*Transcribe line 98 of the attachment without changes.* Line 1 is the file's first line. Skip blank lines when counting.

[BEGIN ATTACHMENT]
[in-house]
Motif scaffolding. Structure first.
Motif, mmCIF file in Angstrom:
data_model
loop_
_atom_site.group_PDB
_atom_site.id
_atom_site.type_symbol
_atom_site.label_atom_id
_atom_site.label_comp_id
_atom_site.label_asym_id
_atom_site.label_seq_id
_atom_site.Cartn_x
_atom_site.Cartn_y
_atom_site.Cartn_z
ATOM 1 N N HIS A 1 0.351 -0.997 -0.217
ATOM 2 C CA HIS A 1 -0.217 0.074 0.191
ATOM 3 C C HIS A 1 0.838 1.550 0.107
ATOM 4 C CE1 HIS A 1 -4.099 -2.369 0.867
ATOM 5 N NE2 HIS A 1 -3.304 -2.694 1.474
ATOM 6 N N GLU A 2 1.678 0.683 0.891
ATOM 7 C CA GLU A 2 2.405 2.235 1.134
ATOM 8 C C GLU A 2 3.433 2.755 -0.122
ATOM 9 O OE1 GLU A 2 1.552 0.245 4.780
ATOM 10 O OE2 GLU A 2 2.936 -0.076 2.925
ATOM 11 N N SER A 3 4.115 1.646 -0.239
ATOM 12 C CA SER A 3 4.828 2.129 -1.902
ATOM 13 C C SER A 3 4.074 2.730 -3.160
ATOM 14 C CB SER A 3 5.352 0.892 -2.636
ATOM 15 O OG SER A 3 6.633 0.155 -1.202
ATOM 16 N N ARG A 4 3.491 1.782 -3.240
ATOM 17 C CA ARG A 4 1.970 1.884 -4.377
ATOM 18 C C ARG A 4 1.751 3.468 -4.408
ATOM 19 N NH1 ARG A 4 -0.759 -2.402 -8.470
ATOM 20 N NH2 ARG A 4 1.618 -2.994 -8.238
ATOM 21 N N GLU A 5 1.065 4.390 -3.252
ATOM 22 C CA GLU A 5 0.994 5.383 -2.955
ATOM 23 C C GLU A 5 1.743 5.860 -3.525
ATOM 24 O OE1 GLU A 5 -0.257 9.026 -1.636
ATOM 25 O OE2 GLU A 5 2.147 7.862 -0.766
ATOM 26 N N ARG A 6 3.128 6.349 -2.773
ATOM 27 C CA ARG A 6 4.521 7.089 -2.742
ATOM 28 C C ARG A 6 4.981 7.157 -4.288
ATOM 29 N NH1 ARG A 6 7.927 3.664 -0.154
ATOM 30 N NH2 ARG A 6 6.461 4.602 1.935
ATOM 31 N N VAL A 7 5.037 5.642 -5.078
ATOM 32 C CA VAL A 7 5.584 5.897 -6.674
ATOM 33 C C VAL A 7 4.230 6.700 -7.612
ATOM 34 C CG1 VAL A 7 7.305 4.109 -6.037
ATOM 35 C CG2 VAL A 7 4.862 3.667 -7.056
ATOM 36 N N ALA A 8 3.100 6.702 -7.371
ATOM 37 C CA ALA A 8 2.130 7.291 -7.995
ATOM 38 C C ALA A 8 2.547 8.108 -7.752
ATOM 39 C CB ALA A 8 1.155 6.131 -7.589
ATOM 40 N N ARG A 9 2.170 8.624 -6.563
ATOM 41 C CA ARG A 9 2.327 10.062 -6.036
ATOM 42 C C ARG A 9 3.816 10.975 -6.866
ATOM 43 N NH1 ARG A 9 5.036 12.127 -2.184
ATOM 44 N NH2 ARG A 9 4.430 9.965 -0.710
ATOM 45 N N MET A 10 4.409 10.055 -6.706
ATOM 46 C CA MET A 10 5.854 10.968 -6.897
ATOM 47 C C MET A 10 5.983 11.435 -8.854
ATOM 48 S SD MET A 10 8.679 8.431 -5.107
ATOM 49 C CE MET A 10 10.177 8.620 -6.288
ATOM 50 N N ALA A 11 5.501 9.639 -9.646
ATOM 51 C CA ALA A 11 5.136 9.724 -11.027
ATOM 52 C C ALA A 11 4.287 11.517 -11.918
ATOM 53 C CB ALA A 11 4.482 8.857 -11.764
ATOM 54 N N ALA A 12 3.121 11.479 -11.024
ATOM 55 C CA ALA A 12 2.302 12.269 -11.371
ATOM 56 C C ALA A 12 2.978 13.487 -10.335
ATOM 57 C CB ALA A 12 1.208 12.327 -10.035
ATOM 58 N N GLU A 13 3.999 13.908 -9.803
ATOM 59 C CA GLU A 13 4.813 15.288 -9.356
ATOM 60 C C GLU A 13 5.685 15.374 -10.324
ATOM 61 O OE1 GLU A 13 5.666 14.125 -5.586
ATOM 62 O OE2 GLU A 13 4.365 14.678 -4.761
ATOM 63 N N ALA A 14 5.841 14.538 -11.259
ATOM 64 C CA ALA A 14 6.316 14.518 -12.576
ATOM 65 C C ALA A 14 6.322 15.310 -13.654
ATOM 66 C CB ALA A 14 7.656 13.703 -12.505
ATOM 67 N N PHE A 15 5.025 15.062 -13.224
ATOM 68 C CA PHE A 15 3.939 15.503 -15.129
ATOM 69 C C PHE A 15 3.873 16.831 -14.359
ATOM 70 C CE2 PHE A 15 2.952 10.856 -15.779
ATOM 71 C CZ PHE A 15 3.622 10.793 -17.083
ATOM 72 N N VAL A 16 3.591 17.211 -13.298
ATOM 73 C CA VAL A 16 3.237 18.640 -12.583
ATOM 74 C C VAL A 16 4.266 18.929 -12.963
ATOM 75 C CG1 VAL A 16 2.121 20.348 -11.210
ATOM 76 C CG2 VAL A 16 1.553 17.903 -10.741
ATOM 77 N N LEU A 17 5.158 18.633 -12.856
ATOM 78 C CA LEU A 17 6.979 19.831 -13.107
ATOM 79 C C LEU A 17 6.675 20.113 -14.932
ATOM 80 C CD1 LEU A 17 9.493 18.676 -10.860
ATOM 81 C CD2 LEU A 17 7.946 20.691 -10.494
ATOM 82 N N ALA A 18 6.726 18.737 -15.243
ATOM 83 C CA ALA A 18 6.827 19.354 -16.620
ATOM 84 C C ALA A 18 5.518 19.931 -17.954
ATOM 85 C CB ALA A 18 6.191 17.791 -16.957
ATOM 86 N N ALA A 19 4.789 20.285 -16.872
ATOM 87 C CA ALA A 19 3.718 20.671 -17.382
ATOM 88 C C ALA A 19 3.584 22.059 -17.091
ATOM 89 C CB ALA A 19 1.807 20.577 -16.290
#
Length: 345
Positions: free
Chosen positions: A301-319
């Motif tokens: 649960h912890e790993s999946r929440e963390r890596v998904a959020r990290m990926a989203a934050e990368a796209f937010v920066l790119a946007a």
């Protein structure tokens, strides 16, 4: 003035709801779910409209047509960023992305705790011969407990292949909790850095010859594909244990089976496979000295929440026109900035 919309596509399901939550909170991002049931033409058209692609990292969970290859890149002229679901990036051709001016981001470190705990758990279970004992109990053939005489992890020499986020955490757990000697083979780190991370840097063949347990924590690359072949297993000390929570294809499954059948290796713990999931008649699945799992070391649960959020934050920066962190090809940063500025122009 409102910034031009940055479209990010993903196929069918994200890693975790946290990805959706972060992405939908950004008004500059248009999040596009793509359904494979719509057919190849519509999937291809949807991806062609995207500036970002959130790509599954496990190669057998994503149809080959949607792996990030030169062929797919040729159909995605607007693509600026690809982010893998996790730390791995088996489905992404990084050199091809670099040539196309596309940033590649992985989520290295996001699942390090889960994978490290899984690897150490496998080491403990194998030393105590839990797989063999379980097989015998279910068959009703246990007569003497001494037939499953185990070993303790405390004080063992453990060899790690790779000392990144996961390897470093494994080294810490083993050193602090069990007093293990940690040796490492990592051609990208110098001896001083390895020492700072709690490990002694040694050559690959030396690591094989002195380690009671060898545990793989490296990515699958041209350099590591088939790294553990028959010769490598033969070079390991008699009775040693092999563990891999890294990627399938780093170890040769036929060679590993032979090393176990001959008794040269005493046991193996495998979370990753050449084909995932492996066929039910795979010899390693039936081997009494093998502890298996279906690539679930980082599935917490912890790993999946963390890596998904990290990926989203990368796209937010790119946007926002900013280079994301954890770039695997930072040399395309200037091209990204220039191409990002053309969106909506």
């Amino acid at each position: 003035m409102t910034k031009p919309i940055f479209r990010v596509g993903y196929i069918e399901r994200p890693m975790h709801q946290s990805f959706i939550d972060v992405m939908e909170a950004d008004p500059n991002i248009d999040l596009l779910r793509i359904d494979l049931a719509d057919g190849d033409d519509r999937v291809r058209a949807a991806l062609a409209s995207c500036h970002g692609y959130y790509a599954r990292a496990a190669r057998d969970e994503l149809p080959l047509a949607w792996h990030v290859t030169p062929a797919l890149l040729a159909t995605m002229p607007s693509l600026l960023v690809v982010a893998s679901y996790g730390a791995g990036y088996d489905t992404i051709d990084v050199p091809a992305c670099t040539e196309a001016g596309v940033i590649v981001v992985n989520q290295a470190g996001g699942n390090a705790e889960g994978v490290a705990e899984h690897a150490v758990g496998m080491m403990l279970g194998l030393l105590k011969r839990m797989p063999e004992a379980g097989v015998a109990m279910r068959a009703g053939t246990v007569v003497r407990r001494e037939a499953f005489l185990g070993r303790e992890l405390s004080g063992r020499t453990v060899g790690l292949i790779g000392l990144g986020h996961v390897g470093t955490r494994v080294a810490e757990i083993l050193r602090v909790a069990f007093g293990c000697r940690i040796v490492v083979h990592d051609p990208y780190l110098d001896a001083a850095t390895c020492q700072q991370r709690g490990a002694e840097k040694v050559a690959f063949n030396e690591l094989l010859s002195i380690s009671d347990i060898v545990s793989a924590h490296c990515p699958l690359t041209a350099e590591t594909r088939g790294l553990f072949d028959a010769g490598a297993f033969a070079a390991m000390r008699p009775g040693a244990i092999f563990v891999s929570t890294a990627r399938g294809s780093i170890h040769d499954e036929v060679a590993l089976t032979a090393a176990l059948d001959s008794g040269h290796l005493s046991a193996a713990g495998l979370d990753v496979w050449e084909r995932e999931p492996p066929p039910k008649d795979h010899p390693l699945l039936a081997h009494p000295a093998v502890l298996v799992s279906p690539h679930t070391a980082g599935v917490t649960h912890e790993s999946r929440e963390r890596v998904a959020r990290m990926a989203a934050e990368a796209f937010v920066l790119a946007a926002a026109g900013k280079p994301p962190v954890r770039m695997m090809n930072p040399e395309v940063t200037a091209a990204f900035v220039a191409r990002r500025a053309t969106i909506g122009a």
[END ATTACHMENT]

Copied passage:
ATOM 83 C CA ALA A 18 6.827 19.354 -16.620